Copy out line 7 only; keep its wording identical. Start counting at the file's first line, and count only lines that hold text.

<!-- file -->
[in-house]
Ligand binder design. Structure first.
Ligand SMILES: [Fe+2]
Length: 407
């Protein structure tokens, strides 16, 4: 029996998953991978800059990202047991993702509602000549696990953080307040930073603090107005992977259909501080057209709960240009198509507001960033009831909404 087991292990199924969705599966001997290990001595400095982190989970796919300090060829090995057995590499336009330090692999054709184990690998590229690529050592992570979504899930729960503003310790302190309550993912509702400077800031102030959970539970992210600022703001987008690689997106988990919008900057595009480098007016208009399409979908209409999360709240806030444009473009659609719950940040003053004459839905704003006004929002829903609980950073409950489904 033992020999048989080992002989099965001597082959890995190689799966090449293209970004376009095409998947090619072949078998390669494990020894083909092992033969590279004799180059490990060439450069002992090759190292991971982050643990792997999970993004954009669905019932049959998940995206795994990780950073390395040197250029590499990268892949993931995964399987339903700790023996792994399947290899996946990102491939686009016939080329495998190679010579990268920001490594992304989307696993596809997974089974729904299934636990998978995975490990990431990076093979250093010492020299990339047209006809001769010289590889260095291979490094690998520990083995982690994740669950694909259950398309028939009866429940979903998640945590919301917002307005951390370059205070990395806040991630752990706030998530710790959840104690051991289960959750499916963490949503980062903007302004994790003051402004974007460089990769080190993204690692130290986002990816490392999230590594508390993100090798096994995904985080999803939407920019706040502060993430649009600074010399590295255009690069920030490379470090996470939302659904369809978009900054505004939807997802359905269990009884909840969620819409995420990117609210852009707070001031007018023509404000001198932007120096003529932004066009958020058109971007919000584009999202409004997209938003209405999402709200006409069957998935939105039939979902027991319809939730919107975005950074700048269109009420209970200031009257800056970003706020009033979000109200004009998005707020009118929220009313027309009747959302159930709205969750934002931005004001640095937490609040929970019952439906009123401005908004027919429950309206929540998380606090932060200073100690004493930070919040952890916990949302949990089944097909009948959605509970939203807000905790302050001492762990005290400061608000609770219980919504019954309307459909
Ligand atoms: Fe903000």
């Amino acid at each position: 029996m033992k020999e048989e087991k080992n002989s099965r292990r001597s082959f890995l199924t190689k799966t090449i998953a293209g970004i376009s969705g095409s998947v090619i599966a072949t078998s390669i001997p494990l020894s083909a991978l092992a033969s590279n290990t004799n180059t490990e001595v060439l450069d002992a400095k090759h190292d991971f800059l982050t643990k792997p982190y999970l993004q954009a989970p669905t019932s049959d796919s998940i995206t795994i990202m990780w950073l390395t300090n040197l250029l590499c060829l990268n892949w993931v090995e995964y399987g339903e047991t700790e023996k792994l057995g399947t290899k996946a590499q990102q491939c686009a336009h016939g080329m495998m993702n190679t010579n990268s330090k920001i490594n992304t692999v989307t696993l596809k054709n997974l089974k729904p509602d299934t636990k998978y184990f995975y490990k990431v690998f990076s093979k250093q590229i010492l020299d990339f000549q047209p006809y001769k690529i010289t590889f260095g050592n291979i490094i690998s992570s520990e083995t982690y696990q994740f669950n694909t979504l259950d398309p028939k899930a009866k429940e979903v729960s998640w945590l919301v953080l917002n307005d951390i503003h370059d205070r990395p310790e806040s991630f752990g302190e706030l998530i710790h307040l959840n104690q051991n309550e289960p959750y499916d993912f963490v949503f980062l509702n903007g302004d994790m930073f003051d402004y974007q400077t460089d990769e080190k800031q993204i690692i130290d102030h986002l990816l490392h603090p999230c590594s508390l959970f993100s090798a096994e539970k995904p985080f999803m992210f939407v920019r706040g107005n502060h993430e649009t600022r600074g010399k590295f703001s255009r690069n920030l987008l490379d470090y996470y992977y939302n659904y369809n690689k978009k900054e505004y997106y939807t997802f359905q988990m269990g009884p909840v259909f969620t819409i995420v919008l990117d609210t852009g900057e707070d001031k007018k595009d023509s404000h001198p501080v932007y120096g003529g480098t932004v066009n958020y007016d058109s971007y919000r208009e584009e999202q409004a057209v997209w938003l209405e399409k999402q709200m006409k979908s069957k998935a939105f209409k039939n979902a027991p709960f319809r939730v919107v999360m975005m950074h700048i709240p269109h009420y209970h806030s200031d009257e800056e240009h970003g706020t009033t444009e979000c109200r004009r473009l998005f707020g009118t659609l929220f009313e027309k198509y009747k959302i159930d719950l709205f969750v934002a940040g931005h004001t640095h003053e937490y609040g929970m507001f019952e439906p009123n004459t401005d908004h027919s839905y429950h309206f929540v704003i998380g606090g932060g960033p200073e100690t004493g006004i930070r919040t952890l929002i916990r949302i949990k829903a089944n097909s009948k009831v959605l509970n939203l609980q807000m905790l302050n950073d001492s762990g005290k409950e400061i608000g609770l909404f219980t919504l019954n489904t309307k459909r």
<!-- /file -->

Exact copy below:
């Amino acid at each position: 029996m033992k020999e048989e087991k080992n002989s099965r292990r001597s082959f890995l199924t190689k799966t090449i998953a293209g970004i376009s969705g095409s998947v090619i599966a072949t078998s390669i001997p494990l020894s083909a991978l092992a033969s590279n290990t004799n180059t490990e001595v060439l450069d002992a400095k090759h190292d991971f800059l982050t643990k792997p982190y999970l993004q954009a989970p669905t019932s049959d796919s998940i995206t795994i990202m990780w950073l390395t300090n040197l250029l590499c060829l990268n892949w993931v090995e995964y399987g339903e047991t700790e023996k792994l057995g399947t290899k996946a590499q990102q491939c686009a336009h016939g080329m495998m993702n190679t010579n990268s330090k920001i490594n992304t692999v989307t696993l596809k054709n997974l089974k729904p509602d299934t636990k998978y184990f995975y490990k990431v690998f990076s093979k250093q590229i010492l020299d990339f000549q047209p006809y001769k690529i010289t590889f260095g050592n291979i490094i690998s992570s520990e083995t982690y696990q994740f669950n694909t979504l259950d398309p028939k899930a009866k429940e979903v729960s998640w945590l919301v953080l917002n307005d951390i503003h370059d205070r990395p310790e806040s991630f752990g302190e706030l998530i710790h307040l959840n104690q051991n309550e289960p959750y499916d993912f963490v949503f980062l509702n903007g302004d994790m930073f003051d402004y974007q400077t460089d990769e080190k800031q993204i690692i130290d102030h986002l990816l490392h603090p999230c590594s508390l959970f993100s090798a096994e539970k995904p985080f999803m992210f939407v920019r706040g107005n502060h993430e649009t600022r600074g010399k590295f703001s255009r690069n920030l987008l490379d470090y996470y992977y939302n659904y369809n690689k978009k900054e505004y997106y939807t997802f359905q988990m269990g009884p909840v259909f969620t819409i995420v919008l990117d609210t852009g900057e707070d001031k007018k595009d023509s404000h001198p501080v932007y120096g003529g480098t932004v066009n958020y007016d058109s971007y919000r208009e584009e999202q409004a057209v997209w938003l209405e399409k999402q709200m006409k979908s069957k998935a939105f209409k039939n979902a027991p709960f319809r939730v919107v999360m975005m950074h700048i709240p269109h009420y209970h806030s200031d009257e800056e240009h970003g706020t009033t444009e979000c109200r004009r473009l998005f707020g009118t659609l929220f009313e027309k198509y009747k959302i159930d719950l709205f969750v934002a940040g931005h004001t640095h003053e937490y609040g929970m507001f019952e439906p009123n004459t401005d908004h027919s839905y429950h309206f929540v704003i998380g606090g932060g960033p200073e100690t004493g006004i930070r919040t952890l929002i916990r949302i949990k829903a089944n097909s009948k009831v959605l509970n939203l609980q807000m905790l302050n950073d001492s762990g005290k409950e400061i608000g609770l909404f219980t919504l019954n489904t309307k459909r």